Behring Regional Center Lawsuit Update

Behring Regional Center Lawsuit Update

During a hearing on Thursday, May 14 for the Behring Regional Center v. Wolf, Case No. 3:20-cv-09263 (N.D. Cal), Magistrate Judge Jaqueline Scott Corley heard arguments on whether the former U.S. Secretary of Homeland Security, Kevin McAleenan, was unlawfully appointed and, if so, whether the new Secretary (Alejandro Mayorkas) can legally ratify the EB-5 Modernization Regulations enacted by his predecessor.

Citing the Federal Vacancies Reform Act, the attorney for the Department of Justice (DOJ) said the ratification of the Regs by Mcleenan was delegable and further, now that the Senate has confirmed Secretary Mayorkas, he has authority to retroactively ratify the rule. The representative for Behring Regional Center maintains that McAleenan lacked authority under the law to enact the EB-5 Regs and therefore, his action cannot be ratified by his successor. The Judge ended the hearing by stating that this was clearly a matter of “statutory interpretation,” and she seemed persuaded by the Behring attorney’s arguments. While EB-5 stakeholders continue to wait for the outcome of this case, it is expected that even if the Judge rules for Behring, the Biden Administration will immediately reinstate the regulations.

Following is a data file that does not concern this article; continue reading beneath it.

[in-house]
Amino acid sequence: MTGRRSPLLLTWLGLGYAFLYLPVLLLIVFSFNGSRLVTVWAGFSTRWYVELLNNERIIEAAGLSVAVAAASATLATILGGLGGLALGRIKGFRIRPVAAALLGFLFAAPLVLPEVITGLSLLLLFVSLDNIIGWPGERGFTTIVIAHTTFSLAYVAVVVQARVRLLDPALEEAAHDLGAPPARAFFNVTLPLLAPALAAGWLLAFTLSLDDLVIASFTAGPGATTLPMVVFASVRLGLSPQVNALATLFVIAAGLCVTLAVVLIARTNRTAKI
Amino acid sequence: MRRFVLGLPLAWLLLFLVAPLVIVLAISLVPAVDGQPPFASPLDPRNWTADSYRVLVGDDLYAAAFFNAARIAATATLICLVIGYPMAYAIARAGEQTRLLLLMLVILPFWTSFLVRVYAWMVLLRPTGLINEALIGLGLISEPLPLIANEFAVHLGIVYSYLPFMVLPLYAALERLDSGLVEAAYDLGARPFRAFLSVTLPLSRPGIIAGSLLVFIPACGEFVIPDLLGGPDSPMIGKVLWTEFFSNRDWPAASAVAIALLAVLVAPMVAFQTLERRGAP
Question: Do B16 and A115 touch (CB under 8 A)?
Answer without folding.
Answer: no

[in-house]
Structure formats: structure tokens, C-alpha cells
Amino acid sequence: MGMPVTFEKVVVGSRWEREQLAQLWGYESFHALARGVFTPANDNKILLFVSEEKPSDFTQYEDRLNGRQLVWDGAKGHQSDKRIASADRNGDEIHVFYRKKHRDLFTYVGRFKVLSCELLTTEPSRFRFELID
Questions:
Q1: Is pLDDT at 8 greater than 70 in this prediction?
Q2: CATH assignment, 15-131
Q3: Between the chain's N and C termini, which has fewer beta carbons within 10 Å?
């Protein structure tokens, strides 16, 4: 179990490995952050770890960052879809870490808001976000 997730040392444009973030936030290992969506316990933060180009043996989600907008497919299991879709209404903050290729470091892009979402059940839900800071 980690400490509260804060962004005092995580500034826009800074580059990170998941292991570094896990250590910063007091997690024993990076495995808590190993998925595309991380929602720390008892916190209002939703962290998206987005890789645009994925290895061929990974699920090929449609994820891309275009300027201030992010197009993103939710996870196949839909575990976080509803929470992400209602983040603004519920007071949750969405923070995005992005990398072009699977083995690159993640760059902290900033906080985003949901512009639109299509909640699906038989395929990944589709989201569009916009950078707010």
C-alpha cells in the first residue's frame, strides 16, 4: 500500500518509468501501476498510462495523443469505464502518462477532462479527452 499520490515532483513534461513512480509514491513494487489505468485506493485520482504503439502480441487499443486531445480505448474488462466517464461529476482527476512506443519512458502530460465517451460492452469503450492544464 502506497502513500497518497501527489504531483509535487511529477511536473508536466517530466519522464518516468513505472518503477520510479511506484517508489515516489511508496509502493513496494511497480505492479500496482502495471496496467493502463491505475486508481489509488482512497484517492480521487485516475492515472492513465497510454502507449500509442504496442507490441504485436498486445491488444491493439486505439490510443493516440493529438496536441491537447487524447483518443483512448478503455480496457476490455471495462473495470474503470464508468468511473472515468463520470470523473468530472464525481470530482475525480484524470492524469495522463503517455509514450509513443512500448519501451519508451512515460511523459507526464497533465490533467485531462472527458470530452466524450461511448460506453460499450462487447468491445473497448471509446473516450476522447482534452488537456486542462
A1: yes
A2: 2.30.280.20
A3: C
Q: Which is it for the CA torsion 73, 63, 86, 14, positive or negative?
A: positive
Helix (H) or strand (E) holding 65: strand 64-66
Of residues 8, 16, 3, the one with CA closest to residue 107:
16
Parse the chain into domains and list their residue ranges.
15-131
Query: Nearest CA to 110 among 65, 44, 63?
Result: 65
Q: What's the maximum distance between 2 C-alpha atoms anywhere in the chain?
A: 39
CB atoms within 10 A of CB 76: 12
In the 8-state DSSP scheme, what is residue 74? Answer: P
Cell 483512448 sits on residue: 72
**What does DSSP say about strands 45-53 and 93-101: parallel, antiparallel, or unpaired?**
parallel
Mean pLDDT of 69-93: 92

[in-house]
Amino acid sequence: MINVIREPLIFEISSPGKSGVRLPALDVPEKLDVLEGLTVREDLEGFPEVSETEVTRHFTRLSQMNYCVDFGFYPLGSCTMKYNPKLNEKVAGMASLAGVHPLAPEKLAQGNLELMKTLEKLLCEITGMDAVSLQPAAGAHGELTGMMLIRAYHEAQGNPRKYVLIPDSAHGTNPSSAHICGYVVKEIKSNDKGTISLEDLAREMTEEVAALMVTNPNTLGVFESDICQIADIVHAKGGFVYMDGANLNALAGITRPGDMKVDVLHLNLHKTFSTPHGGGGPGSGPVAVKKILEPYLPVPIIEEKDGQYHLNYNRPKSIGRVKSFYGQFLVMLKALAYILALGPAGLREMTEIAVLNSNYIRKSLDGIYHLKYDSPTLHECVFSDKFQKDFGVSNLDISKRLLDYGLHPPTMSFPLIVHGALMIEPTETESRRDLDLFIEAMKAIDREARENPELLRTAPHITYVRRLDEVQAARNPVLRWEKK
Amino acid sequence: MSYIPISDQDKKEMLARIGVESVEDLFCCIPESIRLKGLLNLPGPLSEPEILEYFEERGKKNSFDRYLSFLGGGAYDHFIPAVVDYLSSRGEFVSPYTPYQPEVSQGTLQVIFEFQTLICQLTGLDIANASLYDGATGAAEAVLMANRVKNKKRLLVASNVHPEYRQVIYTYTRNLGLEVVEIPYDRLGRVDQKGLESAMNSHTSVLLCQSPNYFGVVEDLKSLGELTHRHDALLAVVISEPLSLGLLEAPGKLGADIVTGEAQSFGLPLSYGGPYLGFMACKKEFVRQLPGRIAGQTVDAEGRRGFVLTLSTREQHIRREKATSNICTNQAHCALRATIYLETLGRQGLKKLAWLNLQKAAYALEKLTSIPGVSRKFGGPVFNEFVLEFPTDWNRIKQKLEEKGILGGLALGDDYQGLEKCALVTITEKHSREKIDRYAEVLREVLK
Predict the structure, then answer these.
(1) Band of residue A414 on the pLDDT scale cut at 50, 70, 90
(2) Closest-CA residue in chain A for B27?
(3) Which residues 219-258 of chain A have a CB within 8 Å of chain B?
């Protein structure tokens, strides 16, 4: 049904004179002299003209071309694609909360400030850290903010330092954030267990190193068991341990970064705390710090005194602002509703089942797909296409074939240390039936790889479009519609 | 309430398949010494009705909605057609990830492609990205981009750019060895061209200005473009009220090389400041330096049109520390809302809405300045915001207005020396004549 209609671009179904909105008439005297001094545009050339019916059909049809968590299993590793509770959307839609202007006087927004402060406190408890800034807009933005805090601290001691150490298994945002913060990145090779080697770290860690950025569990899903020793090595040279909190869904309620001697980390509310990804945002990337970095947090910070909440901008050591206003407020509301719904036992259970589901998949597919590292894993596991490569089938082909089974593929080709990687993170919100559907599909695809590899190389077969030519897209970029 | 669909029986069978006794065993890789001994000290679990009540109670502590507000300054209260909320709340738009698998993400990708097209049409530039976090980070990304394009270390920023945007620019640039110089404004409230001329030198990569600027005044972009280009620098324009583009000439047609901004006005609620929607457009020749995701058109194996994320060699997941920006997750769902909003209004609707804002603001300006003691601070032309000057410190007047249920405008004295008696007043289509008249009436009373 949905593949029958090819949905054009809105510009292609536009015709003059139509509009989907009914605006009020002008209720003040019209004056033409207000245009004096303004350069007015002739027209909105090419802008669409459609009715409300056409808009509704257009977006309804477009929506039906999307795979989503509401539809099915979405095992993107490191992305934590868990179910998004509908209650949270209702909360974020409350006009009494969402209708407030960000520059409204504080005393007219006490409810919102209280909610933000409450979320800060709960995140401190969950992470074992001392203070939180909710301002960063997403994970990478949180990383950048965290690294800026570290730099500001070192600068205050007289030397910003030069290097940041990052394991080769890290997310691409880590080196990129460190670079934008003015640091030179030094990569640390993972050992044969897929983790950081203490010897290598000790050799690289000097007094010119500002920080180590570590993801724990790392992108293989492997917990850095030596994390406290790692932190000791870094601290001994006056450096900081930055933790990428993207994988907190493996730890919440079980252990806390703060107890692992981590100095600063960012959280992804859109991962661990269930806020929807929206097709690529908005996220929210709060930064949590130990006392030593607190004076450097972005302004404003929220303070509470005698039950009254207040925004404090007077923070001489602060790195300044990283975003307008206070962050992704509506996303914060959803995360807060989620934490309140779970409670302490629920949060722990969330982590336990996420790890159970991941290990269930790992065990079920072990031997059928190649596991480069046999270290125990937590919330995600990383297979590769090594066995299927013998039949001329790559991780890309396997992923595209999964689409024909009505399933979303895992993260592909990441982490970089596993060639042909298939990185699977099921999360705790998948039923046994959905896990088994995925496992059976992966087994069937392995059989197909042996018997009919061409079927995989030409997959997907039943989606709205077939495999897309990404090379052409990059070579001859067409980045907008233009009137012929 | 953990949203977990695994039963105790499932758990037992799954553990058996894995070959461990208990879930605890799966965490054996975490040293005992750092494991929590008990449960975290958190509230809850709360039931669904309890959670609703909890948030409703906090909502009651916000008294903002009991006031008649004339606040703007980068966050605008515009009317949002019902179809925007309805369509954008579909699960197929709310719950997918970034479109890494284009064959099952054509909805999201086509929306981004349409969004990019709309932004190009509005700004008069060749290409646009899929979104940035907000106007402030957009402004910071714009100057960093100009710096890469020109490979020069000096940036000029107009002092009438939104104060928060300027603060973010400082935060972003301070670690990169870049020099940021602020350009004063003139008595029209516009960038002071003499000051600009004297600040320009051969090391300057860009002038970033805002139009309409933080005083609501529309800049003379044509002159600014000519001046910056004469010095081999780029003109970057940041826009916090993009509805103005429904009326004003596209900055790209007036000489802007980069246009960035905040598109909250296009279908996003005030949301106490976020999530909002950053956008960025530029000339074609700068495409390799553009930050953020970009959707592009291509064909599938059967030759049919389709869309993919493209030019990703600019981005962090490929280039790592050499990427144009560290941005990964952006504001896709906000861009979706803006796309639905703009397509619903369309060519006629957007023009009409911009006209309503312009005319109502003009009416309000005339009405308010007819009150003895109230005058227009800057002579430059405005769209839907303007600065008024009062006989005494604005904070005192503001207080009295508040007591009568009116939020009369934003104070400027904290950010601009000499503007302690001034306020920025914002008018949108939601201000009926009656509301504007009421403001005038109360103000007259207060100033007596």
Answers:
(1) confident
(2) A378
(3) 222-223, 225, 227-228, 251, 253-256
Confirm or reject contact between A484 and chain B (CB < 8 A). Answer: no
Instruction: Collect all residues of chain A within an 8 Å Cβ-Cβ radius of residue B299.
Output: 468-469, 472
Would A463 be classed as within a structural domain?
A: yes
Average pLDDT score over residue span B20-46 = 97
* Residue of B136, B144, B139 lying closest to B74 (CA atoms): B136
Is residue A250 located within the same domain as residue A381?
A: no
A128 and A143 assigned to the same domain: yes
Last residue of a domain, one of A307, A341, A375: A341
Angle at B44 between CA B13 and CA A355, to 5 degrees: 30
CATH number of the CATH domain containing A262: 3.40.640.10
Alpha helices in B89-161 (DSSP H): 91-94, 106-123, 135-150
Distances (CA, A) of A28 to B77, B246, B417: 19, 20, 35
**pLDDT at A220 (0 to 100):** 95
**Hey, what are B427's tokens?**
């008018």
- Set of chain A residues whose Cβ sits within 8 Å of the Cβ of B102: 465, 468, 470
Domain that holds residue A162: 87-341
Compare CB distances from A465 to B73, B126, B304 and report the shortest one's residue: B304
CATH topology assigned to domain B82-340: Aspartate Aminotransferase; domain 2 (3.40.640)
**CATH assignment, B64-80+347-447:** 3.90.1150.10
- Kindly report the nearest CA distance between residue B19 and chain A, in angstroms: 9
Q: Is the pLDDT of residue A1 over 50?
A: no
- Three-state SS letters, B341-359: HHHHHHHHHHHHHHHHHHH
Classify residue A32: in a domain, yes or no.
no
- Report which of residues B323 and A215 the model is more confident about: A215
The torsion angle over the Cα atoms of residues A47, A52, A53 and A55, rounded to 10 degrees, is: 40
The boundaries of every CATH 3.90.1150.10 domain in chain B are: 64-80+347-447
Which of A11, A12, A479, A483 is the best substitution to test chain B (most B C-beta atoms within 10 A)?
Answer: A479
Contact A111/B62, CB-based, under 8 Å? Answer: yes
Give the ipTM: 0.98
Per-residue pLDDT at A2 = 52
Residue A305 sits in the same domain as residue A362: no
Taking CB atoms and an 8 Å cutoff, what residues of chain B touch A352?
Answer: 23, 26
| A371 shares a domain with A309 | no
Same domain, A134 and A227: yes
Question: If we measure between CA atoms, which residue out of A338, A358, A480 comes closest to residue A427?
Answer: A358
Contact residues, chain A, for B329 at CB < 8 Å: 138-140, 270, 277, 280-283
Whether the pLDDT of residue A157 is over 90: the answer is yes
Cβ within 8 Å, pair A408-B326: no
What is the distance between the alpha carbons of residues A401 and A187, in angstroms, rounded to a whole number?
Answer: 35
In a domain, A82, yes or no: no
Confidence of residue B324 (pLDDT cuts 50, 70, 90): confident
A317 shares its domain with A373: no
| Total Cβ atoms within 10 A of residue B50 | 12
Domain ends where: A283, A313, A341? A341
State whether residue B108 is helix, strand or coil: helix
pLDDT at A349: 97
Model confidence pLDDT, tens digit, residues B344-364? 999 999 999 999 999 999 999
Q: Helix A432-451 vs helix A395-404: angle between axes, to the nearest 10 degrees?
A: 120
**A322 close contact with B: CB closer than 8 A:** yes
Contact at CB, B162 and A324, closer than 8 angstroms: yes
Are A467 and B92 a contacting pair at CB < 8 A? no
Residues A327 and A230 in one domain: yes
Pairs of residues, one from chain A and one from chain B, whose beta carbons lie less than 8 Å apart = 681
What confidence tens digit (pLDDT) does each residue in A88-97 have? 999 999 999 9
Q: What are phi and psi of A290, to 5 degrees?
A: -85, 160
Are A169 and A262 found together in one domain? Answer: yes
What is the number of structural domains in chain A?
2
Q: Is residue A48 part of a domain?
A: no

The case was originally filed in December 2020, when Behring Regional Center filed a motion for preliminary injunction against DHS in the US District Court for the Northern District of California to block the implementation of the new Regulations (the EB-5 Modernization Rule) that went into effect on November 21, 2019. In order to be granted this equitable relief, the Regional Center has argued that it is likely to succeed on the merits of its claims, which allege that: DHS violated federal law by issuing an arbitrary and capricious rule; it failed to examine a regulatory flexibility analysis; the department exceeded its statutory authority in designating TEAs; and, most importantly, that the EB-5 Modernization Rule violates the Administrative Procedure Act because acting DHS officials had no legal authority to enact the Rule. For more information on the case, please read the case summary and expected outcome here:

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